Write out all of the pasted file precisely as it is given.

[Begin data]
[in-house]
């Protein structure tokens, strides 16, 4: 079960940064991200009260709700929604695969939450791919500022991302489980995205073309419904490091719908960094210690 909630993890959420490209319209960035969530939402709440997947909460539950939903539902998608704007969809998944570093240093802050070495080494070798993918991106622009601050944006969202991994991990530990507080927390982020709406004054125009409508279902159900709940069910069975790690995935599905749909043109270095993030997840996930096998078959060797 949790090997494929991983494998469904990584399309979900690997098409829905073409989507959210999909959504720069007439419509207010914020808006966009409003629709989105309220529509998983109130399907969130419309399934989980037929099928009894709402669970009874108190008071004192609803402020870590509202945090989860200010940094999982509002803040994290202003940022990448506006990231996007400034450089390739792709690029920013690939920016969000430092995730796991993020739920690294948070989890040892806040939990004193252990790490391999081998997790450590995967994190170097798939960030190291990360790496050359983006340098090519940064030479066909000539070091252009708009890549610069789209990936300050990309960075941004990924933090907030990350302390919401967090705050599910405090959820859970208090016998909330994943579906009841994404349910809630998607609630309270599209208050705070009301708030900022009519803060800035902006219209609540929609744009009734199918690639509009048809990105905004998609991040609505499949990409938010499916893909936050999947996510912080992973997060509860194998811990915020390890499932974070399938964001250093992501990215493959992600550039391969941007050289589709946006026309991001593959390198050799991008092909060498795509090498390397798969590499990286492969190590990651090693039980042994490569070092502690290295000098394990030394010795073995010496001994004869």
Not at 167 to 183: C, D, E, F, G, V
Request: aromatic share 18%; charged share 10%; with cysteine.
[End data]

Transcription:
[in-house]
């Protein structure tokens, strides 16, 4: 079960940064991200009260709700929604695969939450791919500022991302489980995205073309419904490091719908960094210690 909630993890959420490209319209960035969530939402709440997947909460539950939903539902998608704007969809998944570093240093802050070495080494070798993918991106622009601050944006969202991994991990530990507080927390982020709406004054125009409508279902159900709940069910069975790690995935599905749909043109270095993030997840996930096998078959060797 949790090997494929991983494998469904990584399309979900690997098409829905073409989507959210999909959504720069007439419509207010914020808006966009409003629709989105309220529509998983109130399907969130419309399934989980037929099928009894709402669970009874108190008071004192609803402020870590509202945090989860200010940094999982509002803040994290202003940022990448506006990231996007400034450089390739792709690029920013690939920016969000430092995730796991993020739920690294948070989890040892806040939990004193252990790490391999081998997790450590995967994190170097798939960030190291990360790496050359983006340098090519940064030479066909000539070091252009708009890549610069789209990936300050990309960075941004990924933090907030990350302390919401967090705050599910405090959820859970208090016998909330994943579906009841994404349910809630998607609630309270599209208050705070009301708030900022009519803060800035902006219209609540929609744009009734199918690639509009048809990105905004998609991040609505499949990409938010499916893909936050999947996510912080992973997060509860194998811990915020390890499932974070399938964001250093992501990215493959992600550039391969941007050289589709946006026309991001593959390198050799991008092909060498795509090498390397798969590499990286492969190590990651090693039980042994490569070092502690290295000098394990030394010795073995010496001994004869």
Not at 167 to 183: C, D, E, F, G, V
Request: aromatic share 18%; charged share 10%; with cysteine.